I honestly believe that the Spurs figured out what to do against the Thunder starting at the end of game 4, and that continued in game 5. Much has been made of the fact that Pop changed the lineup game 5 to make sure there was a stretch 4 in the game at all times to make Ibaka have to cover more ground and tire him out. That was a big part of the game 5 success. But just as big was the fact that the Spurs realized that they had to be aggressive at all times. Against a team as talented as the Thunder, in order to win, you have to have a nearly perfect mix of aggression and execution, and when it comes together, it's a beautiful thing.
The Thunder are going to play with abandon, and they have nothing to lose in this game. Expect Ibaka and Steven Adams to have great games in front of the home crowd. Durant will shoot better than he has, and Westbrook willl be insanely aggressive. They won't give the Spurs anything, and if they want to win, San Antonio is going to have to take it from them. If they find in themselves the spirit that Cojo felt in that moment when he smashed the ball in Serge's face, they have a chance to win. It's important for them to play well, because if they can't play well on the road, it's going to make the finals almost impossible to win, assuming they can get that far. The Spurs have to prove that they can play well in an extremely hostile environment, which they haven't so far in this series. I think that tonight they find their inner CoJo, and they match efforts with an inspired Thunder team. I expect the best game of the series tonight, and the first one where both teams play well in the same game. Spurs by four.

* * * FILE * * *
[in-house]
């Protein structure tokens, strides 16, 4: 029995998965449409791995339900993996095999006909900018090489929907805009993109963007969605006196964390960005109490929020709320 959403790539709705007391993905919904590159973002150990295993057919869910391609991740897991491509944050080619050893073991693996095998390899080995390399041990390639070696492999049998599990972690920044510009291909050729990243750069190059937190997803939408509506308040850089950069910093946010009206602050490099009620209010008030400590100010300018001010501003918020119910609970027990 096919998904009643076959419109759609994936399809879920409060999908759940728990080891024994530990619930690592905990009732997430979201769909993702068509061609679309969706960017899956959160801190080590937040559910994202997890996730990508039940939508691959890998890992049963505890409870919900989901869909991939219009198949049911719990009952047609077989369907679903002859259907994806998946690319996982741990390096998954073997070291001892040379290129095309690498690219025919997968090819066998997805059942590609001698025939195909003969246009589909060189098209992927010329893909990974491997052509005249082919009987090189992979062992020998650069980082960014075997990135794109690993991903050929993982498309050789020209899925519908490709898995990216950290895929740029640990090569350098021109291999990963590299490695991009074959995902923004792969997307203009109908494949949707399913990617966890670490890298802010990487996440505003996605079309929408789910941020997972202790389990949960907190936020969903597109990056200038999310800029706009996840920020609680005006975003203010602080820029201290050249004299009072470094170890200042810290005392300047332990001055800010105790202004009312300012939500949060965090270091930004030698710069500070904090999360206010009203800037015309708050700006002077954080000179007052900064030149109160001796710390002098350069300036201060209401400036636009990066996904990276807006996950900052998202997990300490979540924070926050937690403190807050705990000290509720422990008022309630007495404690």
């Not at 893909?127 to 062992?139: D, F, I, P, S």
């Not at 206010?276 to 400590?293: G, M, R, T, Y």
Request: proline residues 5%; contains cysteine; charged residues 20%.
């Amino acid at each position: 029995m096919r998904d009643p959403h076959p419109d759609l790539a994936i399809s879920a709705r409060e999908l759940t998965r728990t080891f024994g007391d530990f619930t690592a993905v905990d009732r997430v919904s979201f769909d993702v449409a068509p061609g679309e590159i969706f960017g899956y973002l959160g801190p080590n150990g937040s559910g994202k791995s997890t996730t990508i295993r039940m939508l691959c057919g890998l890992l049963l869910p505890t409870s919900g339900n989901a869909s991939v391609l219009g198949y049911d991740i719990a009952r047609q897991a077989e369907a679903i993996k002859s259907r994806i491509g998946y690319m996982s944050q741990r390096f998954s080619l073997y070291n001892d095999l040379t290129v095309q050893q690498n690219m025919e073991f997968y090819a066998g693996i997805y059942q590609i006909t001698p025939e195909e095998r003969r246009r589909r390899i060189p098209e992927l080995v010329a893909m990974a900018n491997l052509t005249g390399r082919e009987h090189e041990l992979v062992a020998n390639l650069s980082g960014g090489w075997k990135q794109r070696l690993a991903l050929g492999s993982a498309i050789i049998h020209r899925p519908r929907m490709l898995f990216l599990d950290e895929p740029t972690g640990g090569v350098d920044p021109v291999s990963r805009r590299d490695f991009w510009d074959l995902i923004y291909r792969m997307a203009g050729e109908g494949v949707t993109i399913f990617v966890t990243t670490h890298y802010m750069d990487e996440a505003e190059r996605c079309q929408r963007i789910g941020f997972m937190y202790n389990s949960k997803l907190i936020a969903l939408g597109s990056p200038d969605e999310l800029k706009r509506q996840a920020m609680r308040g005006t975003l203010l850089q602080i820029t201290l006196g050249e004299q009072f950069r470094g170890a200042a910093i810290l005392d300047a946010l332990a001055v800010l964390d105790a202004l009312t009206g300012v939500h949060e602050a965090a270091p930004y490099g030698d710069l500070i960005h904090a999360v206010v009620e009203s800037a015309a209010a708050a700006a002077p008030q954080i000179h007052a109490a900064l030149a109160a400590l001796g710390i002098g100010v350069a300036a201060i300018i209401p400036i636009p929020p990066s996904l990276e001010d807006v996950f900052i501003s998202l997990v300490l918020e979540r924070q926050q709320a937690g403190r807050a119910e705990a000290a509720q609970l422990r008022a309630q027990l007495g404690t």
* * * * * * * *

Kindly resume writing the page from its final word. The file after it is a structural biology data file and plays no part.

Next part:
|Game 6, Western Conference Finals, 2014 NBA Playoffs|
|May 31, 2014|
|Chesapeake Energy Arena - Oklahoma City, OK|
|7:30 pm CST|
|TV: TNT - Radio: 1200 WOAI|
|Tony Parker||PG||Russell Westbrook|
|Danny Green||SG||Thabo Sefolosha|
|Kawhi Leonard||SF||Kevin Durant|
|Tim Duncan||PF||Serge Ibaka|
|Red Mamba aka The Crimson Chucker*||C||Kendrick Perkins|
*Or it might be Boris Diaw or some other random Spur, as determined by the Popovich algorithm.
For the Thunder's perspective visit Welcome to Loud City.
Game Prediction: Spurs by 4.
Line in Vegas: Thunder by 3 1/2.
As always Tony must dominate Fisher, for real this time, and you can get your San Antonio Spurs tickets from Daniel Farias with Spurs Sports & Entertainment: